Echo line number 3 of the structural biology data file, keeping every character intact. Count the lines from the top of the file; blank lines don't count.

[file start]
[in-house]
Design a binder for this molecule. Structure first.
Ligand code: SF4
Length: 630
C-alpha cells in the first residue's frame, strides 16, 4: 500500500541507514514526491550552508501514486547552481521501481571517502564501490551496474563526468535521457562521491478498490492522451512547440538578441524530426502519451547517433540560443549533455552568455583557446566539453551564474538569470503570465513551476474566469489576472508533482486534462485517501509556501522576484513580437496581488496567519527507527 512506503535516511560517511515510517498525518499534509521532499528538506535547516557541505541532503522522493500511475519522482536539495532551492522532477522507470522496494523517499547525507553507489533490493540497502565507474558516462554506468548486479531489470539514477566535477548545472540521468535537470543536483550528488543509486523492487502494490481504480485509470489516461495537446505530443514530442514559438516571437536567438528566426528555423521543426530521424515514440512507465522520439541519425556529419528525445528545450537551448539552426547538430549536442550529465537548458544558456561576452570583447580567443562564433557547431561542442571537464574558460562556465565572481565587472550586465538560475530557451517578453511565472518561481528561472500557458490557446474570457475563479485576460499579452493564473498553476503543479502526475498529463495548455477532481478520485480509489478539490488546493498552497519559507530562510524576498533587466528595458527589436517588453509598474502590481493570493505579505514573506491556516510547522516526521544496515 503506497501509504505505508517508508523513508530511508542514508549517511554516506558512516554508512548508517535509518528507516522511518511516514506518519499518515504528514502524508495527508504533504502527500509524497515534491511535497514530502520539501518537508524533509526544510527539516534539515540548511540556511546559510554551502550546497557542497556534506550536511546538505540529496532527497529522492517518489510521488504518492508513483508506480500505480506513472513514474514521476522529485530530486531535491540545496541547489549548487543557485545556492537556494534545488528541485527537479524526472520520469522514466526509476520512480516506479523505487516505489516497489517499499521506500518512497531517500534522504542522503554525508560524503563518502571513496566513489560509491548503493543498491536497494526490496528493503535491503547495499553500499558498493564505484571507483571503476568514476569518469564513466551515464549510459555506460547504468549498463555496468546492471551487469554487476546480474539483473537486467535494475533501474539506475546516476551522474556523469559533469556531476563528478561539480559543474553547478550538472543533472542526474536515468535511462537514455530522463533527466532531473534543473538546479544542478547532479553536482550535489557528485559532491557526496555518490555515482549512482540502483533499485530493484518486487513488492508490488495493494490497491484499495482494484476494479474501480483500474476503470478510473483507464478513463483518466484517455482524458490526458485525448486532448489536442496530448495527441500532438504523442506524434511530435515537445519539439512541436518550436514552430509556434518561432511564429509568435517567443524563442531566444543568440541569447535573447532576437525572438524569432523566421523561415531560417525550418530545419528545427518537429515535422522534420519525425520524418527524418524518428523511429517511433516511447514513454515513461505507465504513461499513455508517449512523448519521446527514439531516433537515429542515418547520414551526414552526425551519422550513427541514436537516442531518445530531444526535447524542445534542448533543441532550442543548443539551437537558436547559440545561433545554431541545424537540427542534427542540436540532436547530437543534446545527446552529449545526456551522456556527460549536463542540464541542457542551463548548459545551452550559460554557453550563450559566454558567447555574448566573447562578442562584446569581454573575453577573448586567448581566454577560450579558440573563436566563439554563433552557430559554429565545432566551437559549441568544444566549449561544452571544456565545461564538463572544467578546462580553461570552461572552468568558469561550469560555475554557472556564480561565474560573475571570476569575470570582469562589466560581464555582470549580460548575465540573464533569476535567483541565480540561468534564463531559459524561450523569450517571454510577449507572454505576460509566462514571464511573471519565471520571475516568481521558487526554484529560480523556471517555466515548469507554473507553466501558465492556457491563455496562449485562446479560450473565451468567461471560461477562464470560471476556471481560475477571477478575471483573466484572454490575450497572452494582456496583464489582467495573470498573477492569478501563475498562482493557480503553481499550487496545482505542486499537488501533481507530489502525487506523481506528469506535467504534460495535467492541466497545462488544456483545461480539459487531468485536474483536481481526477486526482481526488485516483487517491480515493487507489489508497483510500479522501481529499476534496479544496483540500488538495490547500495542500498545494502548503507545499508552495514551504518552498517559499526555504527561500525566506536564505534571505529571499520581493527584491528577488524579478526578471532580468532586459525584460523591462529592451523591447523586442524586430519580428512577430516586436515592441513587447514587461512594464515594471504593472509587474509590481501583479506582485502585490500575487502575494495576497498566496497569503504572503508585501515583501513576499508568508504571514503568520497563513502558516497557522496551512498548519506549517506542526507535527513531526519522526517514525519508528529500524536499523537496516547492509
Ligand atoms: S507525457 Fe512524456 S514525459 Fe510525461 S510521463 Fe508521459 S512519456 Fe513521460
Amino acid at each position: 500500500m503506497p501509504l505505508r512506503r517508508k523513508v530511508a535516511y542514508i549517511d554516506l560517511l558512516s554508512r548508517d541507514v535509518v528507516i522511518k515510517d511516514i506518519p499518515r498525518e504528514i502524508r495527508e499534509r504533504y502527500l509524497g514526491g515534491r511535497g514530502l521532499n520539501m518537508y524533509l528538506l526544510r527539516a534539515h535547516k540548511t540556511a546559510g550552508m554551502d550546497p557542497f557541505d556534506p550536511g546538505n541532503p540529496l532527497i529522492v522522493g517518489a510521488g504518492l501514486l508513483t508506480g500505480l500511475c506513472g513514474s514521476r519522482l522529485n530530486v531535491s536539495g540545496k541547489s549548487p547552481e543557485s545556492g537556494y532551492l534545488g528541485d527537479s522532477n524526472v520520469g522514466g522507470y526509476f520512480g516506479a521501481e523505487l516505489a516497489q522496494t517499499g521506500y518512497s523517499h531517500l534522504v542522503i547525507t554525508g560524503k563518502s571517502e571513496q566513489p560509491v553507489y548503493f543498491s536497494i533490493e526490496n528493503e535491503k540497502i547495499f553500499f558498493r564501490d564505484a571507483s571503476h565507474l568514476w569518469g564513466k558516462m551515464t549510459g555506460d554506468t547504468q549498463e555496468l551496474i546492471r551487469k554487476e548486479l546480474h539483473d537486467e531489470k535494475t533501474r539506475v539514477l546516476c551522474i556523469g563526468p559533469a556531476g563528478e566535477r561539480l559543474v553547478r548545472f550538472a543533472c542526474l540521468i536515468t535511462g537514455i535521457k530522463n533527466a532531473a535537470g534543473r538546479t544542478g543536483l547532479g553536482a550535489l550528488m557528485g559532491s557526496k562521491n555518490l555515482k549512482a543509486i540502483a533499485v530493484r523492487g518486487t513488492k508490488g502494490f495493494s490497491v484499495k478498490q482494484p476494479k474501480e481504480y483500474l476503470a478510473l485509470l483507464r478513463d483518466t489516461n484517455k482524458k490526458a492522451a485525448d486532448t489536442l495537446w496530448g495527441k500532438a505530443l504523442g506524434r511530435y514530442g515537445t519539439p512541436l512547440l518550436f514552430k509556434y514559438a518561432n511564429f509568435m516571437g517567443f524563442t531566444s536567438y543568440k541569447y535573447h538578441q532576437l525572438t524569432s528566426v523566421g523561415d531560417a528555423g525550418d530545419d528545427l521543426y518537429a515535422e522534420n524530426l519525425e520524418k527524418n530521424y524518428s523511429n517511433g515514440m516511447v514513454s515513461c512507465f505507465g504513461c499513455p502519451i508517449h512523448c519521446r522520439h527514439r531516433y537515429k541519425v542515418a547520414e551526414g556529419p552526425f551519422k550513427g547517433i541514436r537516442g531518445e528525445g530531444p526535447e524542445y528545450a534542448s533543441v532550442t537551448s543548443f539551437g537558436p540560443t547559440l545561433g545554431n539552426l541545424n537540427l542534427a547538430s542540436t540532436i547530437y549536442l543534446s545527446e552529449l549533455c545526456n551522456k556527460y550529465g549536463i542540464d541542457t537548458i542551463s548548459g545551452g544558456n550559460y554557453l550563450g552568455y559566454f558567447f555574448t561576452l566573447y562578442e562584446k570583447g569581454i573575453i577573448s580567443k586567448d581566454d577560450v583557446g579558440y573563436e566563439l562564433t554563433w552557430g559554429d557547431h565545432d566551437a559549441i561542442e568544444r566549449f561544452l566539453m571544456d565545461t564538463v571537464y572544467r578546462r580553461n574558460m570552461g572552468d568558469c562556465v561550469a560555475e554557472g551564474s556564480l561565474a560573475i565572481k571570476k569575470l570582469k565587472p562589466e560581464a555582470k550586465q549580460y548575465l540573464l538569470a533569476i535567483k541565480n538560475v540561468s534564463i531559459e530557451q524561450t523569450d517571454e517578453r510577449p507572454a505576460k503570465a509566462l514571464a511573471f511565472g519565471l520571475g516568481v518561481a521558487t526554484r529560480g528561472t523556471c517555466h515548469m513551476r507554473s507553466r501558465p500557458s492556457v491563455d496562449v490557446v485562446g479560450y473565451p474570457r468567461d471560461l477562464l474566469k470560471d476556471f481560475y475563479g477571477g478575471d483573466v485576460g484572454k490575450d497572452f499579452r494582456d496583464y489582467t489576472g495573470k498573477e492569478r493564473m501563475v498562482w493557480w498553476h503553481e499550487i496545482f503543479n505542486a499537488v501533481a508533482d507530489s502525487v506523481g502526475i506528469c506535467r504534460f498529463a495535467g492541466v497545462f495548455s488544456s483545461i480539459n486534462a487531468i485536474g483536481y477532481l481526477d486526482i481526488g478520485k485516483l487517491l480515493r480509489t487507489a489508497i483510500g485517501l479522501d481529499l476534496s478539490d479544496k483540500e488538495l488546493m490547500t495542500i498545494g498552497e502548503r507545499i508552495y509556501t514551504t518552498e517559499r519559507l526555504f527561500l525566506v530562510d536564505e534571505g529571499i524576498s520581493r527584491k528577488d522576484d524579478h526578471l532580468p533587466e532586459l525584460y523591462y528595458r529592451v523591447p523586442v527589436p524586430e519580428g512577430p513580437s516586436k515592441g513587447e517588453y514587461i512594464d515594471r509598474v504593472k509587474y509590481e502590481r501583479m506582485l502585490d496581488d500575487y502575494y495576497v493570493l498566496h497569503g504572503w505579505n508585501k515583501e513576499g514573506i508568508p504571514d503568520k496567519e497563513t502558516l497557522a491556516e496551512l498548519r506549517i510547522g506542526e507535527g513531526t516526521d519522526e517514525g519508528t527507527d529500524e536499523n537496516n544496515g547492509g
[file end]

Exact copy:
Ligand code: SF4